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Tom attended Exeter College as a chef trainee for three years graduating as Top Student then to Gordon Ramsey at Hospital Road in Chelsea.  After that he took up position at Petrus under Marcus Waring before returning to Devon and working his way up to Sous Chef at Gidleigh for Michael Caines.  During the refurbishment of Gidleigh Tom had a spell in France for the Rothschilds and immediately prior to The Salutation Inn Tom was at Abode in Exeter as Executive Chef for three years.

The Salutation Inn, a Grade 2 listed property, was previously a bit of an old man pub – there was a lot wrong with it.  It was owned by Punch Taverns and provided a rather sedate pub menu with a range of ‘the usual’ beers on draught.  It wasn’t particularly memorable.  When the Tom’s family bought the Inn on new years eve 2010, the long process of turning an empty shell into a fine dining 30 cover fine dining restaurant with accommodation and 45 cover glass atrium began in earnest.

A lot of hard graft went in to getting what it looks like today.  Working with English Heritage, the Salutation Inn’s unique features have been sensitively preserved; this includes their porte cochère’ (carriage porch)  which has been described by English Heritage as, one of the largest single leaf doors in the country.

I have been eager to dine here since it opened so when were were invited along to see The Salutation Inn for ourselves, I was over the moon!

Our tasting menu tonight had been carefully put together by Tom and cooked by himself personally – it was a showcase of this chef’s talent and exacting nature with the dishes that leave the Salutation’s kitchen.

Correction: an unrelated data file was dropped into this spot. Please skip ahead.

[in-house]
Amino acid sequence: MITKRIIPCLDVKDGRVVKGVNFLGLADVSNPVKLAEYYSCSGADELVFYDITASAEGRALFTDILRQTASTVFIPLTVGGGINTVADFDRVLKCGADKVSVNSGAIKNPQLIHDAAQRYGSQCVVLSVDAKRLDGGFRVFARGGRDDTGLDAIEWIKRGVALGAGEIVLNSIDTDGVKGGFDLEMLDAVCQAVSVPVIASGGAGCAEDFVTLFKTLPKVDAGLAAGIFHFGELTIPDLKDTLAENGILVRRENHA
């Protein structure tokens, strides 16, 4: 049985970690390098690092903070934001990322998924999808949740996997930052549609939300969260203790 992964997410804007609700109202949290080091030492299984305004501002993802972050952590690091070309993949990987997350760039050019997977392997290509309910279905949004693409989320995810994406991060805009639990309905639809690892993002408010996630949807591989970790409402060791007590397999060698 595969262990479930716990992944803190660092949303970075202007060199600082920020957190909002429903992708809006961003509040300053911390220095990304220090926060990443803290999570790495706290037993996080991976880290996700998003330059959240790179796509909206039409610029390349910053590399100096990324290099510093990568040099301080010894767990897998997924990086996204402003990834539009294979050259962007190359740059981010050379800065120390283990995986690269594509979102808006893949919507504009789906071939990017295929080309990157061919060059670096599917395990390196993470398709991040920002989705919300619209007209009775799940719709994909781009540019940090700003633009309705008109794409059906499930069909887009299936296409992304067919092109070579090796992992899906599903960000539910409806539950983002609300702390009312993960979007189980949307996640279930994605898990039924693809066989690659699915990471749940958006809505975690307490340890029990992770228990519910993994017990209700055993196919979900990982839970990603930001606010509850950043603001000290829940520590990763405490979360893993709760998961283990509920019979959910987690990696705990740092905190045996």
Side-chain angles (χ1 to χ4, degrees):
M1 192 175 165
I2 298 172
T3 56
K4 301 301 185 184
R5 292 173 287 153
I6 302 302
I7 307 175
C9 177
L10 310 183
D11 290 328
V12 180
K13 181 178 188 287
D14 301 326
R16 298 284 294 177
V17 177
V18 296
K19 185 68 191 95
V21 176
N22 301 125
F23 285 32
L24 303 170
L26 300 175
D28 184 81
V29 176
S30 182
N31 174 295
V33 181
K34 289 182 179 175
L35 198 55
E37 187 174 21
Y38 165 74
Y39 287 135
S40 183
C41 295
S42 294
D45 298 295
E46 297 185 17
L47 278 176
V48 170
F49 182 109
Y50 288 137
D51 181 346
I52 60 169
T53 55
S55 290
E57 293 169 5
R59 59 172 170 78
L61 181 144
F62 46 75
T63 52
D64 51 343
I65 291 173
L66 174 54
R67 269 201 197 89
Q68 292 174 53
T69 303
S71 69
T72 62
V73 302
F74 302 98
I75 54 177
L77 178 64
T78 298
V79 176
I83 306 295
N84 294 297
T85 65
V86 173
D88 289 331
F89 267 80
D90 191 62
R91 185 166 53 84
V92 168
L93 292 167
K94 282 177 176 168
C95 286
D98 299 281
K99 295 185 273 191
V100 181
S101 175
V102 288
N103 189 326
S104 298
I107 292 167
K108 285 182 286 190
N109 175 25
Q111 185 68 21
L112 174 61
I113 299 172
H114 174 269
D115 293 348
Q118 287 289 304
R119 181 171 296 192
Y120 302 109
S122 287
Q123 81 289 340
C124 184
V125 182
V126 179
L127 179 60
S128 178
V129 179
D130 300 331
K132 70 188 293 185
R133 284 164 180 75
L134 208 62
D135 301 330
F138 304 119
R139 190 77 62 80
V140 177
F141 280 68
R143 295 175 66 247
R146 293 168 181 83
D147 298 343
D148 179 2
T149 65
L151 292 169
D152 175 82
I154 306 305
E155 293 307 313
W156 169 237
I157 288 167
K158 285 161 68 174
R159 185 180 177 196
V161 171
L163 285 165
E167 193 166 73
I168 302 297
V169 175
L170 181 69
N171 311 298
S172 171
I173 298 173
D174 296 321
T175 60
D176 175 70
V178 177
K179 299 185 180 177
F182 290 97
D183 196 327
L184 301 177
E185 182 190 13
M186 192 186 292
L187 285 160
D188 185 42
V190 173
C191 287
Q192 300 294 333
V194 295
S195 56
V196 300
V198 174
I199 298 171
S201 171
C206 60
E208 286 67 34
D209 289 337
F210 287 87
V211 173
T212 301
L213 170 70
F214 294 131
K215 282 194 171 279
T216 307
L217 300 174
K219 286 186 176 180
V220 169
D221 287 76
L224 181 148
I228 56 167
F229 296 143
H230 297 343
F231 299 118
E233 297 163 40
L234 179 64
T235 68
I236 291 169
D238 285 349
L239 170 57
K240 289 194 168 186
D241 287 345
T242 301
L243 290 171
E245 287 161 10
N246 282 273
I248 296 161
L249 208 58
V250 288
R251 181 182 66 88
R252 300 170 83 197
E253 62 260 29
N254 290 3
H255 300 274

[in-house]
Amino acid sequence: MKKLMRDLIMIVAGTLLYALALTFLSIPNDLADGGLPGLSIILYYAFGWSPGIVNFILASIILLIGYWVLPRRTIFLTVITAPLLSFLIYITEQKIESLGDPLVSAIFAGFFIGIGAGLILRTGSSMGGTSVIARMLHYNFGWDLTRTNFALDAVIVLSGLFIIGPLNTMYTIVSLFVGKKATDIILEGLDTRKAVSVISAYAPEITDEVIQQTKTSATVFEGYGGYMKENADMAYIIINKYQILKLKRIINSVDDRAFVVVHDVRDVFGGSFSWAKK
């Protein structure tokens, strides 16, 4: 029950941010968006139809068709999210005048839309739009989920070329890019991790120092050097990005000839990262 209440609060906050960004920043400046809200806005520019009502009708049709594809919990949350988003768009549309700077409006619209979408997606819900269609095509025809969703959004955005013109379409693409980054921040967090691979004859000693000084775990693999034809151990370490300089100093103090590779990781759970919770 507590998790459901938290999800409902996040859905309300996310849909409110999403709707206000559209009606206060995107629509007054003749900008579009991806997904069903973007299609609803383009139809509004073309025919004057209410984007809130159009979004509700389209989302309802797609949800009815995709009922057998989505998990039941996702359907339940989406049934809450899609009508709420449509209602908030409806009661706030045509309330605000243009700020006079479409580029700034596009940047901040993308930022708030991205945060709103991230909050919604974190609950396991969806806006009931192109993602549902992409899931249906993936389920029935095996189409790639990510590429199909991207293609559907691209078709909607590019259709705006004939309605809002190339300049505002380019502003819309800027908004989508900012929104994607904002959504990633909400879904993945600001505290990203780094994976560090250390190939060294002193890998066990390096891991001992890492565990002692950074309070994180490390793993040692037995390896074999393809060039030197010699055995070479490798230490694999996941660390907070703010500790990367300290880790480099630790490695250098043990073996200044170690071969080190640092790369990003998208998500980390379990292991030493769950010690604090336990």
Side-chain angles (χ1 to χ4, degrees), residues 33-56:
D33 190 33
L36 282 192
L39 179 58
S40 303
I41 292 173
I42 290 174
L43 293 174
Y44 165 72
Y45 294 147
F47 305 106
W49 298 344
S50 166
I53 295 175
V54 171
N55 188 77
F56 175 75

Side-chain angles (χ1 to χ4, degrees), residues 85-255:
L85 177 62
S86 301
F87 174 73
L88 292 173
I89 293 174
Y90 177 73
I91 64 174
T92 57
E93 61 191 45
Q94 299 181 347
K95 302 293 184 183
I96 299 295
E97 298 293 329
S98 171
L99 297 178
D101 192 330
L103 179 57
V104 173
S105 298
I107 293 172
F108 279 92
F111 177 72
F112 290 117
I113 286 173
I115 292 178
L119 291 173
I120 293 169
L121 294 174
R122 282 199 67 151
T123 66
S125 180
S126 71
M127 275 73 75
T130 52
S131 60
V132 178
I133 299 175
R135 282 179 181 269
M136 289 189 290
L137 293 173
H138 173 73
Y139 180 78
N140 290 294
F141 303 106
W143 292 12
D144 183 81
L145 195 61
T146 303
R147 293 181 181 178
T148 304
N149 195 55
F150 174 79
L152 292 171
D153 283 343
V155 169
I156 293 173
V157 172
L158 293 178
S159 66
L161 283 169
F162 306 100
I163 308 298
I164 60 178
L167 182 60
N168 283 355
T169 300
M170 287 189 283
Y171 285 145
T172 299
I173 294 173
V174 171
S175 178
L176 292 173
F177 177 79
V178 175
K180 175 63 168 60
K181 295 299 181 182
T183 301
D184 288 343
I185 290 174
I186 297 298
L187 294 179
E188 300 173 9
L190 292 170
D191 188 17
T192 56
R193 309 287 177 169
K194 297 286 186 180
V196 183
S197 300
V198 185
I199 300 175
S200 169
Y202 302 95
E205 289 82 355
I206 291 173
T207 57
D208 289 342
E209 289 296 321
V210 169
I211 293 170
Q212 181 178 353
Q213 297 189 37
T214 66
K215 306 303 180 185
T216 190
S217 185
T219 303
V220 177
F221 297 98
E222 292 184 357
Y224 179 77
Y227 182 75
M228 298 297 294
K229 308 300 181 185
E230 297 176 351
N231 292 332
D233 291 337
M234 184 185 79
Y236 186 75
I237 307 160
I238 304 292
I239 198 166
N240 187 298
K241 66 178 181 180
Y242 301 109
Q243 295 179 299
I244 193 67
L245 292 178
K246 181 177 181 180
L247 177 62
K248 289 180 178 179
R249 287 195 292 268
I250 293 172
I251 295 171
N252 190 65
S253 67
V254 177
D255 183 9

Arriving through the historic single leaf door, we were greeted by Amelia (Tom’s partner & Hotel Manager) and her team. Taking a comfortable seat in the modern and tasteful drawing room, we selected our wine on recommendation, which was a delightful 2014 Banfi, Toscana San Angelo Pinot Grigio which was the perfect accompaniment to our meal.

Before our meal though were three delicious canapes, perfectly balanced morsels presented tastefully on slate.

The duck liver parfait and celeriac was presented in a tiny jar with an even tinier spoon to scoop.  Both being fans of parfait and small spoons, we were excited when we were presented with this lovely selection.

With our parfait we also had a Cheese Choux Gougere and Tomato & Basil Arancini as well, both delicate and quite delectable.

Our table ready, we were moved into the main restaurant for the first course in our tasting menu.  The restaurant is tasteful, modern and relaxing without too much distraction from the main pieces of artwork that were plate-based.  The seats were particularly comfortable, the cutlery was clean and the glasses shone.  The attention to detail is not just reflected in the food.

On route to the restaurant, Tori had remembered how much she loved Tom’s scallops having had them previously at an event last year.  Two things she loves is scallops and peashoots so imagine the joy when the apperitif appeared.

Just as we had both remembered, the scallops had a soft silkiness to them and with the earthiness of the peas and the savory palette of the bacon; it came together.  Having never had a seafood item with bacon, this is something I would love to try again.

Our next course was a Beetroot Salmon Gravadlax with Horseradish Ice Cream.  A colourful cacophony visually and in its taste.  Gravadlax is cured Salmon; typically buried in salt, sugar and dill – this is a Scandinavian method of curing fish which I’ve never tried before – which was delicious.  The River Exe salmon that The Salutation Inn serves is one of the few places in Exeter serve this rarity, given the fishing of these fish are controlled so strictly.  During the season Tom’s father, Ed Willams-Hawkes catches the fish and walks them up to the restaurant freshly caught.